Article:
ANGER TOWARDS THE REBELS
Activists said they were working to try to document the scale of the damage, which it is estimated it will cost millions of dollars to repair.
Some anti-government activists have privately expressed anger towards their own fighters for taking up positions in the old city. "We all know that this is a criminal regime and it will do anything," said one activist who declined to be named. "That is why the fighters had no business being in the souk. Why did they go there?"
But other activists defended the rebels' behaviour.
"The fire spread as far as the Umayyad Mosque, the fighters who managed to stop it from spreading even further," an activist from the city called Yasser said.
"For all those asking why the fighters are in the Old City, we say we have only entered to liberate it"
Rebels said they were involved in heavy clashes in Aleppo on Sunday, saying they had attacked the Neirab military air base. They also reported fighting in Arkoub, east of the city.
The failure of either side to break the military deadlock is reflected diplomatically, with foreign powers divided over how to act. Western states and Gulf Arab countries back the opposition but most seem reluctant to interfere, while Russia, China and Iran back Assad.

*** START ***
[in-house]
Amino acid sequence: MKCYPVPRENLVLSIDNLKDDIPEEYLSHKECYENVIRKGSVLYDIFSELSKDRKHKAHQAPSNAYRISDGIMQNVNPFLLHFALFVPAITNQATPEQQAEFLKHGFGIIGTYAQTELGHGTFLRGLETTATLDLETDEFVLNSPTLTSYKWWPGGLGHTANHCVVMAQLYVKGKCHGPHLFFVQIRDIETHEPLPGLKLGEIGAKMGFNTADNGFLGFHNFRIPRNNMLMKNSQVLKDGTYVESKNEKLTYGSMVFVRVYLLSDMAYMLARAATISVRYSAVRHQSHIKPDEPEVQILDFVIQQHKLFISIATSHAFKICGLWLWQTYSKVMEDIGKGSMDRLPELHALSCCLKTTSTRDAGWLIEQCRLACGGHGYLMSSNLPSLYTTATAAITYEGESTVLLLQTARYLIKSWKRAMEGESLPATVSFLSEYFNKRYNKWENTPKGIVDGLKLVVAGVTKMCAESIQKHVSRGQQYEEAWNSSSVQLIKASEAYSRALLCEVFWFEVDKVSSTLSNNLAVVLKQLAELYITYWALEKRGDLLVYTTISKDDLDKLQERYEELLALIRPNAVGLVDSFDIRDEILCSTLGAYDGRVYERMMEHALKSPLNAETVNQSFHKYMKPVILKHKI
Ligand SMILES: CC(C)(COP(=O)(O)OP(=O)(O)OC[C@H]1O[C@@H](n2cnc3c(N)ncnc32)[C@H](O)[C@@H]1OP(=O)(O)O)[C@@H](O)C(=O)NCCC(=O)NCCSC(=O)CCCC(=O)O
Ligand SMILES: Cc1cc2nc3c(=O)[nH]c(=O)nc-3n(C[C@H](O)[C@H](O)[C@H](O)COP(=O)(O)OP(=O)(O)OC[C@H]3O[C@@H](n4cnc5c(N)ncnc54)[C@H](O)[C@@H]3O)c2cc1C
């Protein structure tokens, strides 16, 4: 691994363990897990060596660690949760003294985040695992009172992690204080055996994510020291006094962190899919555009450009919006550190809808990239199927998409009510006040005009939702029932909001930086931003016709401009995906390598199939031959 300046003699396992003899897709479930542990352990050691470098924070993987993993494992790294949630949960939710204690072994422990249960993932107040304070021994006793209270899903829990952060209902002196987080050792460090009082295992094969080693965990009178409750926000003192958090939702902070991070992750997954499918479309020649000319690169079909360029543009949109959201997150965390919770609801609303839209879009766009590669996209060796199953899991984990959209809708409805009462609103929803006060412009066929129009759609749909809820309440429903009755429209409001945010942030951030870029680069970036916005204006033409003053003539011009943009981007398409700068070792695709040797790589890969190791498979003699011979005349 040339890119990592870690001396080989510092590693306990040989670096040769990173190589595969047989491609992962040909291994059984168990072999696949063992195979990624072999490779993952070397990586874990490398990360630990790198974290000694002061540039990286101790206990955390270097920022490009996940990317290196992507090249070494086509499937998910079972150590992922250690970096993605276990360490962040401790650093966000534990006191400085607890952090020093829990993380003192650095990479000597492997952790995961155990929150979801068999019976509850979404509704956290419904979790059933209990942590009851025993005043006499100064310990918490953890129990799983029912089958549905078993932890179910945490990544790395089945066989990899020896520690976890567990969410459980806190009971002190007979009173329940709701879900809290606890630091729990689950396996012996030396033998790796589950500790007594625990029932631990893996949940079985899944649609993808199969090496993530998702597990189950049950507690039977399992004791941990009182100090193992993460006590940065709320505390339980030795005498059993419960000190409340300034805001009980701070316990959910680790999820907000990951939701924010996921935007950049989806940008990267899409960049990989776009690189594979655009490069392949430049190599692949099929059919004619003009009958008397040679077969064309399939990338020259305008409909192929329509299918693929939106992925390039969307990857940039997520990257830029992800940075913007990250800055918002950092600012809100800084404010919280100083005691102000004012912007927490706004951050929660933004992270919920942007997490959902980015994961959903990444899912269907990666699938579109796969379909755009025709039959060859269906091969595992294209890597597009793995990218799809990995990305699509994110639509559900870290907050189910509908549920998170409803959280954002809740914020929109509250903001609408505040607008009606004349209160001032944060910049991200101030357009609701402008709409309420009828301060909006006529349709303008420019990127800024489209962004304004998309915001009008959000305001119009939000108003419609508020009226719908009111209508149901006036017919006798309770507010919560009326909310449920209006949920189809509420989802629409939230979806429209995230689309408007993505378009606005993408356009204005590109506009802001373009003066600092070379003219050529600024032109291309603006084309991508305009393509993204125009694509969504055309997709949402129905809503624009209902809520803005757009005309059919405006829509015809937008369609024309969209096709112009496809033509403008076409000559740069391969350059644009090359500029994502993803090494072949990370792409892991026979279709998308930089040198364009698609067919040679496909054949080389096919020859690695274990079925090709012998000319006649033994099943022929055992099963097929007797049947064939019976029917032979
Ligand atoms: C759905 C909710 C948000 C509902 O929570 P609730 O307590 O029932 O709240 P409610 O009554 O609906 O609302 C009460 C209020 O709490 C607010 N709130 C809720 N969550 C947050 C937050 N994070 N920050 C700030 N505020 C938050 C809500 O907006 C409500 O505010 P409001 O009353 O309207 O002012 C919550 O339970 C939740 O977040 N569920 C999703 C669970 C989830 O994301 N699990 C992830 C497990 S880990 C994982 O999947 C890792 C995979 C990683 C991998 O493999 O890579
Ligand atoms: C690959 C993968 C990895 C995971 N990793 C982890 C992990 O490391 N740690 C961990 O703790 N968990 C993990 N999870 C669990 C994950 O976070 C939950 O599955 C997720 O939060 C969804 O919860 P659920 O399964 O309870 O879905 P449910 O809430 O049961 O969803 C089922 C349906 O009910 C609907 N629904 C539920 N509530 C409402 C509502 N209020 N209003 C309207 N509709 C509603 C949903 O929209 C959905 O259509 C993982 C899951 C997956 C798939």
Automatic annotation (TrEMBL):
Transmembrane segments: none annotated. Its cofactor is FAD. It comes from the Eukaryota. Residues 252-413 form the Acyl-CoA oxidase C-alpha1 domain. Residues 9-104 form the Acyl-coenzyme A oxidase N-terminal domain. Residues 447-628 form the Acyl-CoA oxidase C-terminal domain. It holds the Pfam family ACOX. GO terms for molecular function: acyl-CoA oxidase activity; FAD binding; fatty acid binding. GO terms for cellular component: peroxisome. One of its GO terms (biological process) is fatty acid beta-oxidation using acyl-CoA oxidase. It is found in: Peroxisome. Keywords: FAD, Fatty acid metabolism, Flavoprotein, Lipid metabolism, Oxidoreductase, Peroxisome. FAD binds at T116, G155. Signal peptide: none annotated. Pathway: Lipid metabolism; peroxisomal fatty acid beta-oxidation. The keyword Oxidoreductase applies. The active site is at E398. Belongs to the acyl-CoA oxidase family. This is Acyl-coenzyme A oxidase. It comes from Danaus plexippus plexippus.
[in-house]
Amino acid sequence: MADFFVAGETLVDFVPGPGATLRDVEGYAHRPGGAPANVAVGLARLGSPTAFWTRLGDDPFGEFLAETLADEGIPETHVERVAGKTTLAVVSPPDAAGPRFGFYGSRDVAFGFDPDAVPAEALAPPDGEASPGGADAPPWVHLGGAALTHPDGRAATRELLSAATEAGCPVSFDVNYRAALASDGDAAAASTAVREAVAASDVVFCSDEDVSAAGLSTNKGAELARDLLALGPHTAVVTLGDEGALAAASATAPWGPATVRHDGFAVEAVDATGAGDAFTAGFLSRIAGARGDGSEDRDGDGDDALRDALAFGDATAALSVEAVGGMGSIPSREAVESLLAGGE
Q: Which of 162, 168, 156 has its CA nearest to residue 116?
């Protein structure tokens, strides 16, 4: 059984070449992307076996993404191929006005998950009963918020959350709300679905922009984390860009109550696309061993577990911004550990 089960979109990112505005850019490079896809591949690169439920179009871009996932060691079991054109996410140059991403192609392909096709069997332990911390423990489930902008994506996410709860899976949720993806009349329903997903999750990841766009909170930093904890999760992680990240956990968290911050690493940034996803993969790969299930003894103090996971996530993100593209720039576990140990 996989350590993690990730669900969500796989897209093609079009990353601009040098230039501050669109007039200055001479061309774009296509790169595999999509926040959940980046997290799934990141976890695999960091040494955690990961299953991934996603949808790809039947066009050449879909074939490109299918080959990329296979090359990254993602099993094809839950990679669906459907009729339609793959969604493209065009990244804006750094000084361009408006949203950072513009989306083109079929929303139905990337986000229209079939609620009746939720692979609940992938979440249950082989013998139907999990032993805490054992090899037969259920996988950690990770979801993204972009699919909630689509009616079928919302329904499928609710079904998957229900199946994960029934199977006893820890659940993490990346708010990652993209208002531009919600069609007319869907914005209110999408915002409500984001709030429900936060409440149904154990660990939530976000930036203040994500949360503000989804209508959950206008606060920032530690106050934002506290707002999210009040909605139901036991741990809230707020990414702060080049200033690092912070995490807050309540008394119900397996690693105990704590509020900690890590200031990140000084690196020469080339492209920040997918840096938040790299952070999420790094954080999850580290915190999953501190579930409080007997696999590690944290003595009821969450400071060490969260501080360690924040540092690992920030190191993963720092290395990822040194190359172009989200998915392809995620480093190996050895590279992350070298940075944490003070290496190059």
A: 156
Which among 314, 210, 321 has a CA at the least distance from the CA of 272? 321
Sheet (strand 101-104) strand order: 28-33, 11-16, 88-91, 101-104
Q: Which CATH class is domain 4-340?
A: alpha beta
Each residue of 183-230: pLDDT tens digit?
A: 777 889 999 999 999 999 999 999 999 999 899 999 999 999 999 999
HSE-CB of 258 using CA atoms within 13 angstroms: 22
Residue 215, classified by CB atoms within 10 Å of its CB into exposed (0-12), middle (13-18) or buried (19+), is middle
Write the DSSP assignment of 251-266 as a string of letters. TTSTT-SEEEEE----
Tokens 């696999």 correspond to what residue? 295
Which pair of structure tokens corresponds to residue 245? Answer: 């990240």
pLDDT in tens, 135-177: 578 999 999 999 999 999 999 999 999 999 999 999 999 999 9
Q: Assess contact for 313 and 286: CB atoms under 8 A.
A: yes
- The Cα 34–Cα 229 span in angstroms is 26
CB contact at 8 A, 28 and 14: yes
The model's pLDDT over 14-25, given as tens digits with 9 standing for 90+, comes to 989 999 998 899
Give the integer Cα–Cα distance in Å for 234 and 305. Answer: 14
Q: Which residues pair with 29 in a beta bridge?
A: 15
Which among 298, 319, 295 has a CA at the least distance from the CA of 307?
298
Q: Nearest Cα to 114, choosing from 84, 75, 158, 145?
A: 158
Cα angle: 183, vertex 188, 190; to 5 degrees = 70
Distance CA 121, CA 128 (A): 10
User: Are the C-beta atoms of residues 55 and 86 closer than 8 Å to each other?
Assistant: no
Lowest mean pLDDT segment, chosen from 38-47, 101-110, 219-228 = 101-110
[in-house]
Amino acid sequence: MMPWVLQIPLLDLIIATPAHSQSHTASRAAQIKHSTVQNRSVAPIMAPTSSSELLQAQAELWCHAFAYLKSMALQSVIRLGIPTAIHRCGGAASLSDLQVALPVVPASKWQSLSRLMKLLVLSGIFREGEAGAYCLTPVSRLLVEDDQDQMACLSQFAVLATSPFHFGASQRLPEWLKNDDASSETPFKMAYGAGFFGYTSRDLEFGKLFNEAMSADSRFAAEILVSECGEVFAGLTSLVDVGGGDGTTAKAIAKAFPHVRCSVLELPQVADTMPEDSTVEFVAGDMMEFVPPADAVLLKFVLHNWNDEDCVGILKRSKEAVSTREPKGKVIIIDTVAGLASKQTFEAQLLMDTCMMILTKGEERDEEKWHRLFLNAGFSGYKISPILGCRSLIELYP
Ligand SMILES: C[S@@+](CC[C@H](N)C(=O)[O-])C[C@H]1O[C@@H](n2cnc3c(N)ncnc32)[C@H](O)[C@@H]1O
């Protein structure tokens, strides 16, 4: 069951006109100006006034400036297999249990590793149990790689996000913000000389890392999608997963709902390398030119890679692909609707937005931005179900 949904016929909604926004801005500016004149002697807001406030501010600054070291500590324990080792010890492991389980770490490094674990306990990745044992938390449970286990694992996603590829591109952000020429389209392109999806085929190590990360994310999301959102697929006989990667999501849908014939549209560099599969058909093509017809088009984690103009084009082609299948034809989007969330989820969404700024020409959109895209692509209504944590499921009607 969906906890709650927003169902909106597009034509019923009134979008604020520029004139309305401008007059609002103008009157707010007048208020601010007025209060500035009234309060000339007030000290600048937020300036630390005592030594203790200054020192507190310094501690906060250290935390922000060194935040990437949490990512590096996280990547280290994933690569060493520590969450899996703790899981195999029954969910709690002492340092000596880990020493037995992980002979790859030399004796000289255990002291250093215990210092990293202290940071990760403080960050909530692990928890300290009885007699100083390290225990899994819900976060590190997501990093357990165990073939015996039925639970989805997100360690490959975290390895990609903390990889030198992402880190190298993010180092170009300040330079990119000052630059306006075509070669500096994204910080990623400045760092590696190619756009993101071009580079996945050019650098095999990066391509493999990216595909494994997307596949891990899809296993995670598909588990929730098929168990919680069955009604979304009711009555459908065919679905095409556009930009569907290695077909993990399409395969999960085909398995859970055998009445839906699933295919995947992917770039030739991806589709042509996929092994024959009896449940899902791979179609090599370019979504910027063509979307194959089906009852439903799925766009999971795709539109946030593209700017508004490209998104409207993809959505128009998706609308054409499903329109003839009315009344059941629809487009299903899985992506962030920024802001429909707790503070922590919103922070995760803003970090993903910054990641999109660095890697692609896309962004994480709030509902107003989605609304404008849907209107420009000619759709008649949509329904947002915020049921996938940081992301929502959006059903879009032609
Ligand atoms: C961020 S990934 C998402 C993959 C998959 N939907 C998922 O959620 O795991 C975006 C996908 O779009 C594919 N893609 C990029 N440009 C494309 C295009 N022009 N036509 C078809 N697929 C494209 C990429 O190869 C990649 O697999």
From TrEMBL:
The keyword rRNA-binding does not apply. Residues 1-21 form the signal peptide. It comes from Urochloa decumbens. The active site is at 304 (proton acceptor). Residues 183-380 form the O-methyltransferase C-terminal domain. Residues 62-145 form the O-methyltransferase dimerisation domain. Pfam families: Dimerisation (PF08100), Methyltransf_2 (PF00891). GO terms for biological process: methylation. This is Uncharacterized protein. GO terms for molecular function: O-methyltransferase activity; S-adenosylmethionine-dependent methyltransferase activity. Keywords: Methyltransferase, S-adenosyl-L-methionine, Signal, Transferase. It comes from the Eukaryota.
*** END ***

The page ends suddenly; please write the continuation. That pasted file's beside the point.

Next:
Speaking to a conference of the ruling AK party in Turkey, Egyptian President Mohamed Mursi - who has said he opposes military intervention in Syria - said he favoured a diplomatic solution facilitated by the Arab League, the United Nations and individual countries across the world.
He said the Syrian people were being "butchered and killed day and night" and that he fully backed their struggle to overthrow Assad.
"We will not be calm, we will not settle down until this bloodshed stops and until the will of the Syrian people to choose their own leader is realised and until this current oppressive leadership disappears," he said.
"This oppressive regime is spilling the people's blood and the Syrian people must gain full liberty."
Activists reported fresh clashes in Damascus suburbs on Sunday and at least eight bodies were reported to have been found in the northern suburb of Barzeh. Clashes were also reported to have erupted in some parts of Homs city.
Syrian state television said a suicide bomber had killed at least four people in the northern city of Qamishli. The Syrian Observatory for Human Rights said at least eight members of the security forces had been killed in the explosion which it said targeted a police station.